Wednesday, January 20, 2021

How Bulimia Changes The Brain

October 10, 2011 by  
Filed under Bulimia

Many people with bulimia talk about the addictive nature of the disease.

Aided by brain imaging advances, scientists are looking for evidence that compulsive non-drug behaviors lead to long-term changes in reward circuitry. While we know that certain foods, especially those that are high in sugar have been shown to influence dopamine activity, new research released by psychiatrists at the University of Colorado Hospital confirms that binge-purge behavior seen in bulimia has distinct effects on the brain.

Dr. Guido Frank, psychiatrist at Children’s Hospital in
Colorado found that there is a direct correlation between the number of
binge-purge episodes someone has, and the sensitivity of the brain-reward

Just what is the brain-reward system? Humans are very
susceptible to the anticipation of rewards. They all stimulate the pleasure
center of the human brain. Excessive indulgence into pleasurable activities,
however, seems to decrease dopamine receptor availability. In other words, you
need to increase your participation in such activities in order to achieve the
same effect.

“It’s a bit like a drug abuse model,” Frank says. “When you
use the drug for the first time you might get excited over it, but then over a
certain time you might become dependent for different reasons, and then the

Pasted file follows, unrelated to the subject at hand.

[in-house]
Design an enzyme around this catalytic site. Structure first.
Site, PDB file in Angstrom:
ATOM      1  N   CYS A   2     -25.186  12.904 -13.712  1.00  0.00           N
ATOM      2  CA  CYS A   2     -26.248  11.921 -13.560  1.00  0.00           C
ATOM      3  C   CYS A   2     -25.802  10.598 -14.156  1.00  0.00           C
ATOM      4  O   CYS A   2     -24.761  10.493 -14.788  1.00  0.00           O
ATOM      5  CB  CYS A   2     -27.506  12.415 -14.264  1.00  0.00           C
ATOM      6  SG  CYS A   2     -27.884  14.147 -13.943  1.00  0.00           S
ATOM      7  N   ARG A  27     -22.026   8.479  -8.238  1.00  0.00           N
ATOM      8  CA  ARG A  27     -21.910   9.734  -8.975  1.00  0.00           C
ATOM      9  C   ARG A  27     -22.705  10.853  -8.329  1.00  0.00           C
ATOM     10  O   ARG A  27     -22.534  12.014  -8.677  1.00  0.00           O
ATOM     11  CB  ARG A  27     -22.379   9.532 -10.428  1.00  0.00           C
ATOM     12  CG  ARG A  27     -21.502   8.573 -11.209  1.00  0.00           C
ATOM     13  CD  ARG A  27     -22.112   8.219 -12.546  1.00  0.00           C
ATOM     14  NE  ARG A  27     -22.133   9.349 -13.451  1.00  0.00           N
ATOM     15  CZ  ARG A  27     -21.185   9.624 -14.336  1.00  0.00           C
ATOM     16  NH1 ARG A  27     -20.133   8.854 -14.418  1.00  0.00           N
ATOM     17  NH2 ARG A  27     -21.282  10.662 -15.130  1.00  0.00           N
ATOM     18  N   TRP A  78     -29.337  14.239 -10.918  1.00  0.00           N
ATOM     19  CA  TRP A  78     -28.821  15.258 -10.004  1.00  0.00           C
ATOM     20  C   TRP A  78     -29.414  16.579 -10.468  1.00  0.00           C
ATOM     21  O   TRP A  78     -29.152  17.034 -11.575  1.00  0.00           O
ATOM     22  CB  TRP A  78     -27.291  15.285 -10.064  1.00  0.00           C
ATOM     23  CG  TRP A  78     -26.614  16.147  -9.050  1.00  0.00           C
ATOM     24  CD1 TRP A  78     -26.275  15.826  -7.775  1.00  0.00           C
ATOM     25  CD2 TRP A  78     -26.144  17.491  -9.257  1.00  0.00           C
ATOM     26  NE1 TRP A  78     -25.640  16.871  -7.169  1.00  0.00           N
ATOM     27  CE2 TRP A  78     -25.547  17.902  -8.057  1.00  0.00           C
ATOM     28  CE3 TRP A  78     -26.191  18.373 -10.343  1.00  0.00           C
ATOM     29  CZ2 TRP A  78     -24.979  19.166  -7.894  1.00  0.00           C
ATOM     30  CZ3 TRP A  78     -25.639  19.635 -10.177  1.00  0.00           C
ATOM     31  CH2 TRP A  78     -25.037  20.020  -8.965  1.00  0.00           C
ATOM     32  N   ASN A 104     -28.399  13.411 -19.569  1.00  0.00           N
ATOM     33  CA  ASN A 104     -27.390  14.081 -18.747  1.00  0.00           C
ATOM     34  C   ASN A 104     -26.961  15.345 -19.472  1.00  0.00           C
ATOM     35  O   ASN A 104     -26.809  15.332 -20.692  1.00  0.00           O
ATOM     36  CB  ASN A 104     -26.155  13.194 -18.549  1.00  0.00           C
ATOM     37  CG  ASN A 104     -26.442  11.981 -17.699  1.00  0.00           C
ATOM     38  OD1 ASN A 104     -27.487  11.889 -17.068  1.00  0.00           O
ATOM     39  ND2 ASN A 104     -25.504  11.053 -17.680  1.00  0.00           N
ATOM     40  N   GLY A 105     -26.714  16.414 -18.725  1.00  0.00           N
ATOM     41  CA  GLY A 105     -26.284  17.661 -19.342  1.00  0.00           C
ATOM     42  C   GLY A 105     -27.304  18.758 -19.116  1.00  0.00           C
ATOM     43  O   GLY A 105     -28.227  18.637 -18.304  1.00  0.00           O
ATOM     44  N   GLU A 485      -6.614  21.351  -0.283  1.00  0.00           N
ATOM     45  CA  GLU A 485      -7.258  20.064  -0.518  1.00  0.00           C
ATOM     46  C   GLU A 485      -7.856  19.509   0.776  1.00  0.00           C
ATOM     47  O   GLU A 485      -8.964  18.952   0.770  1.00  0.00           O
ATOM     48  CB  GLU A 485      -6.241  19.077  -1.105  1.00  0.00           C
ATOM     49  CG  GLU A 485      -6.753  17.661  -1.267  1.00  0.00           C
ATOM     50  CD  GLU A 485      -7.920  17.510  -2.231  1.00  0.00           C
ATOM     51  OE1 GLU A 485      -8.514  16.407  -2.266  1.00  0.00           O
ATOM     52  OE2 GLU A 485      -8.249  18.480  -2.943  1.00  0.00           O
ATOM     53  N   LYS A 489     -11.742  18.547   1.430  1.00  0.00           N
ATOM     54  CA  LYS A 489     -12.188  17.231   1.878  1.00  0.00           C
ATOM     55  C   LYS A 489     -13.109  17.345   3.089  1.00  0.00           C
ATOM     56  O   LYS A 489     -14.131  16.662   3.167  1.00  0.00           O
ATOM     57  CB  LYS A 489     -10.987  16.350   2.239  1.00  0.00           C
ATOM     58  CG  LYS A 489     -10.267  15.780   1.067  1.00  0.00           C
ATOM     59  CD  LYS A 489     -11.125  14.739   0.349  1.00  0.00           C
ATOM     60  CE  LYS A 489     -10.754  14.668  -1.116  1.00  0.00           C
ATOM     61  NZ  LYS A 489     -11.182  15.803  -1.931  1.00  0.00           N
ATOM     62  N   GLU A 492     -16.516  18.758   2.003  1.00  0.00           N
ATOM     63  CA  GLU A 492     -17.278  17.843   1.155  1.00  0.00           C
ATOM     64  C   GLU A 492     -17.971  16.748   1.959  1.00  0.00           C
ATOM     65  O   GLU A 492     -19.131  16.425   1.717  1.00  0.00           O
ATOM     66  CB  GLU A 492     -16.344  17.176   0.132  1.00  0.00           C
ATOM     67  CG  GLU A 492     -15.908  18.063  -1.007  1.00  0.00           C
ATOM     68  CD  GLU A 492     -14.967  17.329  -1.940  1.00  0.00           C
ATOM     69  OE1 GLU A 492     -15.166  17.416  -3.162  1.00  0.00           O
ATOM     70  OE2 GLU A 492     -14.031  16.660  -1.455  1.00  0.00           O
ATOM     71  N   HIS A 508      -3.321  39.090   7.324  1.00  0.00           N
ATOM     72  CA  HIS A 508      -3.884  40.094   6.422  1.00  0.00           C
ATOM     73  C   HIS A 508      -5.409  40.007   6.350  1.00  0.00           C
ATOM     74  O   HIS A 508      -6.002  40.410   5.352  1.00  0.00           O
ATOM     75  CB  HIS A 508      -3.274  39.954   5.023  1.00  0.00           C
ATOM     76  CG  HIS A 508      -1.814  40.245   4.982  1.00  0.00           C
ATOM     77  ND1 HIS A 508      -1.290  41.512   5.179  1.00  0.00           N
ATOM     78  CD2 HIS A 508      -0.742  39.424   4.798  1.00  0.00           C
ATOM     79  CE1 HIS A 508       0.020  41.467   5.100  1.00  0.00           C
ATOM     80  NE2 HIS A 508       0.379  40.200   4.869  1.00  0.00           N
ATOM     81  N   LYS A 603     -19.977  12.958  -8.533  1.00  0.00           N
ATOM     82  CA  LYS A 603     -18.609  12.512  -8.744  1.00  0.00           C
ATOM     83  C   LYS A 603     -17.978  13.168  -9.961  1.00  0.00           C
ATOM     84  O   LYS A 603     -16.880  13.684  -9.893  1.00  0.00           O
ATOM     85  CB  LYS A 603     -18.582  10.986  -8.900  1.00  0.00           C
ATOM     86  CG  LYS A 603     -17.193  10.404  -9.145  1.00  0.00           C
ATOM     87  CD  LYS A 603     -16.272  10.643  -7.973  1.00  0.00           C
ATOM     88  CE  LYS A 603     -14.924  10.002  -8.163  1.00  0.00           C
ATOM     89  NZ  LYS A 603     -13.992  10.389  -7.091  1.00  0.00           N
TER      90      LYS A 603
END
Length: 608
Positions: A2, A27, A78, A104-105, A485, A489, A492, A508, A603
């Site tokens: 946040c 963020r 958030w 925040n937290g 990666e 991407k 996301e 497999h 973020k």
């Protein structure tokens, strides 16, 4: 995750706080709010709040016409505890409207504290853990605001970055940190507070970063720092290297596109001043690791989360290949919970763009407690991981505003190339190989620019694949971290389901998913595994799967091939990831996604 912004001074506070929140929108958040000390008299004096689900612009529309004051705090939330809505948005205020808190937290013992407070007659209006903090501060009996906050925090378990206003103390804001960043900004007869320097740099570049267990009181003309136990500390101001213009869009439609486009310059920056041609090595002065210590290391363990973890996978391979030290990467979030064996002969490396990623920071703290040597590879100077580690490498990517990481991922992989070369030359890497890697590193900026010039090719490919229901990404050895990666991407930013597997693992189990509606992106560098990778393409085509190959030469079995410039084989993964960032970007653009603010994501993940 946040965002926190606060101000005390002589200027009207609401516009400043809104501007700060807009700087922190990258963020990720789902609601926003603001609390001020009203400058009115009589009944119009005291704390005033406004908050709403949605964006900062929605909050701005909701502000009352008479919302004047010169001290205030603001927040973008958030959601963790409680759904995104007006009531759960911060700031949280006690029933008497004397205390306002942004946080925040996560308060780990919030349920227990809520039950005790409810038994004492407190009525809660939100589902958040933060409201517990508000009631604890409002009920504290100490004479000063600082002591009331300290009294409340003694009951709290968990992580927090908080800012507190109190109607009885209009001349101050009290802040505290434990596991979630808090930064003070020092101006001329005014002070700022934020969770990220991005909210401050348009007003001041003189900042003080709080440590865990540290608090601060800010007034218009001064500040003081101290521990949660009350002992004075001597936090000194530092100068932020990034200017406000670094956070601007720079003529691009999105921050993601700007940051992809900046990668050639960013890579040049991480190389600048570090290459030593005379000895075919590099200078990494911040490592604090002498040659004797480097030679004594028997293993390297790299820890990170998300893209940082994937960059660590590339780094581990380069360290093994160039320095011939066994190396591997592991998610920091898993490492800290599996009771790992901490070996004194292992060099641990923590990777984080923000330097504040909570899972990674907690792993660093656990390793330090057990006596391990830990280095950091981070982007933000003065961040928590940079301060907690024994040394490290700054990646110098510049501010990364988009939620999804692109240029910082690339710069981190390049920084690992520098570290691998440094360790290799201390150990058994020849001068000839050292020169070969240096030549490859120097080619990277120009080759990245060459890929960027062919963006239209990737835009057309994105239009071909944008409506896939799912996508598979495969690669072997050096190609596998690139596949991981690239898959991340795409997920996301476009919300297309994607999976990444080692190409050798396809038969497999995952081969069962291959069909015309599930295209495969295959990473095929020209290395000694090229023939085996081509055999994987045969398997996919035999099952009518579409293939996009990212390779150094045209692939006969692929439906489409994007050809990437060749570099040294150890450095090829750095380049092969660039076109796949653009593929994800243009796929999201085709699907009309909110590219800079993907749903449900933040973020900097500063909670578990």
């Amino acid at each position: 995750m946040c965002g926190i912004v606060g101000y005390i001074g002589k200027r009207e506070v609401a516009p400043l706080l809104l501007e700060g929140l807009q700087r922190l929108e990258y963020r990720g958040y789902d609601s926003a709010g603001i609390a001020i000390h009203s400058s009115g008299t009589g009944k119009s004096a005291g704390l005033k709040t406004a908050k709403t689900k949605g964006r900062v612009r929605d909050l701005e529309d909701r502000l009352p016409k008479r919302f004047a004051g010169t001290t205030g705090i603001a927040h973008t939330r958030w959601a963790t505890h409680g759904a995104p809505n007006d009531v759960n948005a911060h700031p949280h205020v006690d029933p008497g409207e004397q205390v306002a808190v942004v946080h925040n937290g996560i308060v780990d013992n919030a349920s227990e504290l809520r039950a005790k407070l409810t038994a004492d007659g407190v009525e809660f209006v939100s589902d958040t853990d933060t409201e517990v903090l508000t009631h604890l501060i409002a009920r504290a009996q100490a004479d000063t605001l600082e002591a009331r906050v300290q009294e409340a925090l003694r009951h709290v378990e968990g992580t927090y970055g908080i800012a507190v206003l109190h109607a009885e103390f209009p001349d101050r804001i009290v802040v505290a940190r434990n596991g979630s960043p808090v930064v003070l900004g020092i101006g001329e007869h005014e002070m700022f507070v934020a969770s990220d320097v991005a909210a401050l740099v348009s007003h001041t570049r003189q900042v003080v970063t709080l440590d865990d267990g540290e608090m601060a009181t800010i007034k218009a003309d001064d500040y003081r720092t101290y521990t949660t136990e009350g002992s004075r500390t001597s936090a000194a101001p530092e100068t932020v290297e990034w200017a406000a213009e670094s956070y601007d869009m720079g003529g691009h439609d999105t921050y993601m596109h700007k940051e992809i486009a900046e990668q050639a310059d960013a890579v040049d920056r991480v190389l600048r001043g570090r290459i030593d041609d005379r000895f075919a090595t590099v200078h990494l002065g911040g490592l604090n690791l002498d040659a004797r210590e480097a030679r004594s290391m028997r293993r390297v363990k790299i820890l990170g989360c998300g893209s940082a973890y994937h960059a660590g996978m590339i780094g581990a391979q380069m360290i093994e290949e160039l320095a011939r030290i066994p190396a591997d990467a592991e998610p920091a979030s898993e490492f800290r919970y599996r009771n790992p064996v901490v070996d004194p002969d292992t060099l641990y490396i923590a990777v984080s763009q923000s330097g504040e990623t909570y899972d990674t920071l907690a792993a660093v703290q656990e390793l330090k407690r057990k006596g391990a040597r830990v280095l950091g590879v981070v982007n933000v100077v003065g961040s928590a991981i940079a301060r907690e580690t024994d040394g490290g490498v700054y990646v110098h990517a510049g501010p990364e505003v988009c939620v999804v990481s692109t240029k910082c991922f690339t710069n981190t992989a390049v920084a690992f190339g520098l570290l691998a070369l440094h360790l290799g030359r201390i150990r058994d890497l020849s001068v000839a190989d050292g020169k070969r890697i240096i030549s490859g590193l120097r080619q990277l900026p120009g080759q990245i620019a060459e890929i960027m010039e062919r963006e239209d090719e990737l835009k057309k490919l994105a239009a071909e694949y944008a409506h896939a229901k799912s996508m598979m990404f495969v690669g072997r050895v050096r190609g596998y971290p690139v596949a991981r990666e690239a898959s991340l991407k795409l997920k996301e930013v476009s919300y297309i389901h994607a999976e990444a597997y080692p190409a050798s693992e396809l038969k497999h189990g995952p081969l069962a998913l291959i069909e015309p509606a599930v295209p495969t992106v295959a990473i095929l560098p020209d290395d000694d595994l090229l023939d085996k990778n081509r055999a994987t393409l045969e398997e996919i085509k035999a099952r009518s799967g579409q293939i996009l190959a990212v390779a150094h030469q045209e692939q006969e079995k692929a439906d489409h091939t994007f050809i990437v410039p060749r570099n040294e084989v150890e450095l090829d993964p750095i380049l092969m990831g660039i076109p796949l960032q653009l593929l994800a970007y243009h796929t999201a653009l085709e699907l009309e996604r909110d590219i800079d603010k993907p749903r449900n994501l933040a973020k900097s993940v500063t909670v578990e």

brain responds less to it.”

Frank studied the brain activities of 41 female
participants. He found that when there was an increase in the binge-purge
episodes, which ranged from three to 70 per week, the less responsive the
brain-reward system became. This means that bulimia causes not only psychological
effects but also biological effects that alter the brain’s reward system,
something researchers have suspected but never before confirmed.

“If you have bulimia, the more often you binge and purge,
the more you probably modify your brain-reward system and then it might be
harder for that reason to get out of it,” Frank said.

Patricia Faris, a gastrointestinal physiologist at the
University of Minnesota, Minneapolis, believes that as with drug addictions,
bulimic behavior is initially voluntary but is transformed into a compulsion
because of changes that it wreaks on the nervous system. Bulimia clearly
affects reward centers: Faris says patients become increasingly depressed and
anxious before episodes; immediately following, they uniformly report a
pleasant “afterglow.”

Bulimia is an eating disorder characterized by obsession
with food and dieting, preoccupation with weight, all-or-nothing thinking, and
rigid dieting behaviors. This stringent dieting results in feelings of
deprivation, hunger and tension. As these feelings build, it becomes harder and
harder to not eat. Binging provides a short-lived way to eat without guilt and
also to modulate emotions, but binge-purge episodes are often followed by
feelings of shame and self-loathing. Food is rarely at the core of the
disorder, but instead is the medium through which it is expressed.Frank is
continuing his research on the brain-reward system and its effects on other
types of eating disorders such as anorexia. In the future, he says there could
be medications that specifically target the affected brain alterations that
occur in a bulimic patient in order to prevent relapse.

This guest post provided by Heidi_PsyD on the Examiner



One Response to “How Bulimia Changes The Brain”
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